Nope. Youvare not reading it correctly. Defendant argued how they could know what act would violate national security, that's too vague a concept. The court essentially responded that the requirement of the statute that a defendant have "intent or reason to believe that the information to be obtained is to be used to the injury of the United States, or to the advantage of any foreign nation" cures any vagueness problem. Because it requires a defendant to have a bad faith intent to violate national security. But an espionage statute that doesn't have a mental intent component--gross negligence--presumably still has a vagueness problem. That's the argument.

As for Kim he intentionally transmitted information deemed to violate national security. The statute--similar to Gorin--required that he had "reason to believe" that it could harm the US or benefit a foreign country

"Whoever, lawfully having possession of, access to, control over, or being entrusted with any document, writing, code book, signal book, sketch, photograph, photographic negative, blueprint, plan, map, model, instrument, appliance, or note relating to the national defense, or information relating to the national defense which information the possessor has reason to believe could be used to the injury of the United States or to willfully communicates, delivers, transmits advantage of any foreign nation..."


So there is a mental bad faith component that he had reason to believe that the info could harm the US and he has to willfully transmit it. He could have argued that he had no reason to believe it would harm the US but he plead guilty. Someone who acts with gross negligence in allowing secured information to get out is not acting with the intent required in the Kim case. He had to intentionally transmit it whereas under the gross negligence case there is no mental intent to cause the info to get out at all

.And the vagueness problem creeps back in...
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Post 08 Feb 2024, 3:59 pm

https://www.nbcnews.com/politics/joe-biden/special-counsel-says-evidence-biden-willfully-retained-disclosed-class-rcna96666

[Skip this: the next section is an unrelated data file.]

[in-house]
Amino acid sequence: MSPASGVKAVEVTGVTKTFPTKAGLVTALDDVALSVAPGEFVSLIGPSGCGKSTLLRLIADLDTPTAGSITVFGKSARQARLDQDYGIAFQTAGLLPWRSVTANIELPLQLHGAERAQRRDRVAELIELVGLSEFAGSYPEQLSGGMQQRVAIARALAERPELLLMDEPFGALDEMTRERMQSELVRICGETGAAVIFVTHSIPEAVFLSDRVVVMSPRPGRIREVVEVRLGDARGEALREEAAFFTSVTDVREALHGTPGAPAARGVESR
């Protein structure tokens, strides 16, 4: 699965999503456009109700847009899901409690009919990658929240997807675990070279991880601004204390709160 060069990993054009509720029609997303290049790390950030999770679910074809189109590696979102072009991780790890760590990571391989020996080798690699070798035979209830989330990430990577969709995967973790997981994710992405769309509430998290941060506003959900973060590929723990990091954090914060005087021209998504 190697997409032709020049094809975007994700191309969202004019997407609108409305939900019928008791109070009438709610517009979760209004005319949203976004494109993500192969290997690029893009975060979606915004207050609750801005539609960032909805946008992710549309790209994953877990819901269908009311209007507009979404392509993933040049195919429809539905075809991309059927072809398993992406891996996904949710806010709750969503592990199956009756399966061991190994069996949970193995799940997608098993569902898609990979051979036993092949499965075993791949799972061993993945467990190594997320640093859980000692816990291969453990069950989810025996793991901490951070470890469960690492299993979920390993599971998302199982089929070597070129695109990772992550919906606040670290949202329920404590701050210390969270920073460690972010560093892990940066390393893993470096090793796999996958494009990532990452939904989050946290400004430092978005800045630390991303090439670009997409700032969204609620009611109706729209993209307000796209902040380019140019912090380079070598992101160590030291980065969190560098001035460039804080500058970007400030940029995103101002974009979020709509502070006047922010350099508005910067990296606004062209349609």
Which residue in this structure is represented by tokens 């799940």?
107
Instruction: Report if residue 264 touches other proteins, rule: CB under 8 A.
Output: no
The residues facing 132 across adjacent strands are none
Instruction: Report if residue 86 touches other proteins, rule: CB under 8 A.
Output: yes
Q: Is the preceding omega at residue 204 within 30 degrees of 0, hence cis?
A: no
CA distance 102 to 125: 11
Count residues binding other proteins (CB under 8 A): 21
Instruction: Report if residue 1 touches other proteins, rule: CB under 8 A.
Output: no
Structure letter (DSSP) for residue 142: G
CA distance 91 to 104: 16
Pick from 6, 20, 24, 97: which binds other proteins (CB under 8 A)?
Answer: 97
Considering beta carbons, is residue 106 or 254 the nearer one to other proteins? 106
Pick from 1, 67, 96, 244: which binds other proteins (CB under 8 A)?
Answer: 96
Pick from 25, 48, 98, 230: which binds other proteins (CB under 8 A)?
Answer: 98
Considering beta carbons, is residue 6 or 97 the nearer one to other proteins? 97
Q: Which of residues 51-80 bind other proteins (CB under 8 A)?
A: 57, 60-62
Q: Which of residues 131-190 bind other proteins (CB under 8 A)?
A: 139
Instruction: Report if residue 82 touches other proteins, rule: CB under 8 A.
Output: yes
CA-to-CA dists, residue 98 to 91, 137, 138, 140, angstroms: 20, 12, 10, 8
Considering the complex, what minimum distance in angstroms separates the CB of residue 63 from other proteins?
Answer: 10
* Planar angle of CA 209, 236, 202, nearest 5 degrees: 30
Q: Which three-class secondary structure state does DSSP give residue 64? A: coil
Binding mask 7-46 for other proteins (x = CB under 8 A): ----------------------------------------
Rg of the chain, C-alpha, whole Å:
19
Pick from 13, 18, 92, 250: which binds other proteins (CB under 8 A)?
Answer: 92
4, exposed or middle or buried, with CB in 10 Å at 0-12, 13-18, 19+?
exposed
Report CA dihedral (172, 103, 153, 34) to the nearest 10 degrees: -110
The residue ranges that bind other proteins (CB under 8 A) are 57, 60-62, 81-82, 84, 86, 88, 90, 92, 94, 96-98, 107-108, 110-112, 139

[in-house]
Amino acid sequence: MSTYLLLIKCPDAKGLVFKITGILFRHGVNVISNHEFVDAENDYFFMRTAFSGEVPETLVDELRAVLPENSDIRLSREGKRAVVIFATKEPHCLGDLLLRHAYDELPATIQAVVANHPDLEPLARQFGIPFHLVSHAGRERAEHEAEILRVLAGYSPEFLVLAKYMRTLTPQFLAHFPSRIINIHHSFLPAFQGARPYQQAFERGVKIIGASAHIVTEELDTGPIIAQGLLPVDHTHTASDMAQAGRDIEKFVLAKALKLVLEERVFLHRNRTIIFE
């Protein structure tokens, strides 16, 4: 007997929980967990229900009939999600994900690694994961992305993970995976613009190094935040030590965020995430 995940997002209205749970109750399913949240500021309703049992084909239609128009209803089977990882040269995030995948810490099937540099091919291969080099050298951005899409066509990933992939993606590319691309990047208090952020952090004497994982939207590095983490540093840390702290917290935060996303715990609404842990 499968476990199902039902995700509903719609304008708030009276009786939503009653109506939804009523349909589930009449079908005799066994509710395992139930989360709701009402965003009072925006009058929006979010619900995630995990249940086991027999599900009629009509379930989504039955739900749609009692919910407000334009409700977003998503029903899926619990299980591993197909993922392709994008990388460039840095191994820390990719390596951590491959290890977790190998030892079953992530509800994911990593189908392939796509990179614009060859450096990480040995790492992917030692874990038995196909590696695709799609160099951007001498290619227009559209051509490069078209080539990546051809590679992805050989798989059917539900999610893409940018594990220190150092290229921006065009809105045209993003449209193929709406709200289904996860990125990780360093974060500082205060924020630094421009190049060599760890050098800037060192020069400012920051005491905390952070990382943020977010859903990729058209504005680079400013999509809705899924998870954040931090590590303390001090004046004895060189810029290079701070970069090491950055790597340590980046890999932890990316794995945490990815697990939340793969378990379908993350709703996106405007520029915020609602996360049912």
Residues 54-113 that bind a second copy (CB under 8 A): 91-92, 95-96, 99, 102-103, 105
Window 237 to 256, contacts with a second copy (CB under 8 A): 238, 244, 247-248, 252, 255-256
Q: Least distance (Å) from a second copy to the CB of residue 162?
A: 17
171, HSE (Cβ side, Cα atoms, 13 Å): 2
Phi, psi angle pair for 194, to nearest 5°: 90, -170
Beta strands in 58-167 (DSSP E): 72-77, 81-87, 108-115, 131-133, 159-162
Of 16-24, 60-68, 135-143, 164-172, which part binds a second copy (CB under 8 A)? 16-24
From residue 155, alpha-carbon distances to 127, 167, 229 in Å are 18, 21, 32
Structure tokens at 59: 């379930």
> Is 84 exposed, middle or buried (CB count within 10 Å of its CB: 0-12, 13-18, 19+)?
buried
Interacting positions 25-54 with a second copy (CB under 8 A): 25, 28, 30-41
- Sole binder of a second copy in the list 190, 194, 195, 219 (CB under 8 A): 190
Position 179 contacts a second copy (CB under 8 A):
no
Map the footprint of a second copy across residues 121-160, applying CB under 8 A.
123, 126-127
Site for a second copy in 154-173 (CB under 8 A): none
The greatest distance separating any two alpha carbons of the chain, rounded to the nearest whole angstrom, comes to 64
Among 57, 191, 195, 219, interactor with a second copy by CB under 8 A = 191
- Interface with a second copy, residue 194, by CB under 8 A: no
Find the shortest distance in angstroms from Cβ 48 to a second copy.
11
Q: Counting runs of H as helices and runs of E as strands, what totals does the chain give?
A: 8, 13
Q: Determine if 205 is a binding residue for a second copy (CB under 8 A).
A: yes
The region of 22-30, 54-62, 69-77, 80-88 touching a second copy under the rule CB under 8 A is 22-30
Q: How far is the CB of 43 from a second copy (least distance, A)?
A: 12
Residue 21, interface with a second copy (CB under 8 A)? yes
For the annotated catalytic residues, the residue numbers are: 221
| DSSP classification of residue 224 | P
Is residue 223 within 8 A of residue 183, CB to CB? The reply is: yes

Does this seem the same as President Trump's case to you, Freeman?

I would be concerned about this statement:
“We have also considered that, at trial, Mr. Biden would likely present himself to a jury, as he did during our interview of him, as a sympathetic, well-meaning, elderly man with a poor memory,” it said. “Based on our direct interactions with and observations of him, he is someone for whom many jurors will want to identify reasonable doubt. It would be difficult to convince a jury that they should convict him — by then a former president well into his eighties — of a serious felony that requires a mental state of willfulness.”

He is not guilty because of poor memory. Scary...
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Post 09 Feb 2024, 10:19 am

Not to quibble, but Trump is not president...and hopefully won't be again

And there many differences in the two cases having to do with intent: Trump intentionally took documents and did not cooperate in returning them and showed that he did not want to return them, number and importance of the documents was much larger, he tried to obstruct their return and he kept them all where he lived; Biden did cooperate and it was simply an error, not an intentional attempt to keep documents and while some were found at his residence others were kept at the Penn Biden Center (whereas Trump has hundreds of classified docs in one location)

As long as Biden is able to sit down and do long interviews with journalists, I'm not worried about his competency...

https://m.youtube.com/watch?v=NfU931HBW ... p=2AF2kAIB
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Post 09 Feb 2024, 10:36 am

Some requisite cheap shots (similar to Comey with regard to Hillary) by the special counsel, a conservative Republican, former US attorney appointed by Trump--Garland bending over backwards to ensure the special counsel would not show any favoritism towards Biden by appointing a conservative Republican-- but at least we can be very confident there is no case there.
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Post 09 Feb 2024, 11:10 am

By the way, those comments by Hur were inappropriate...

https://www.huffpost.com/entry/andrew-w ... .%E2%80%9D

Garland has been the gift that keeps on giving to Repubs/Trump...delaying investigating Trump for a year. Now appointing a special counsel making gratuitous political attacks on Biden. And Garland shouldn't have released the report with those inapppropriste comments in them!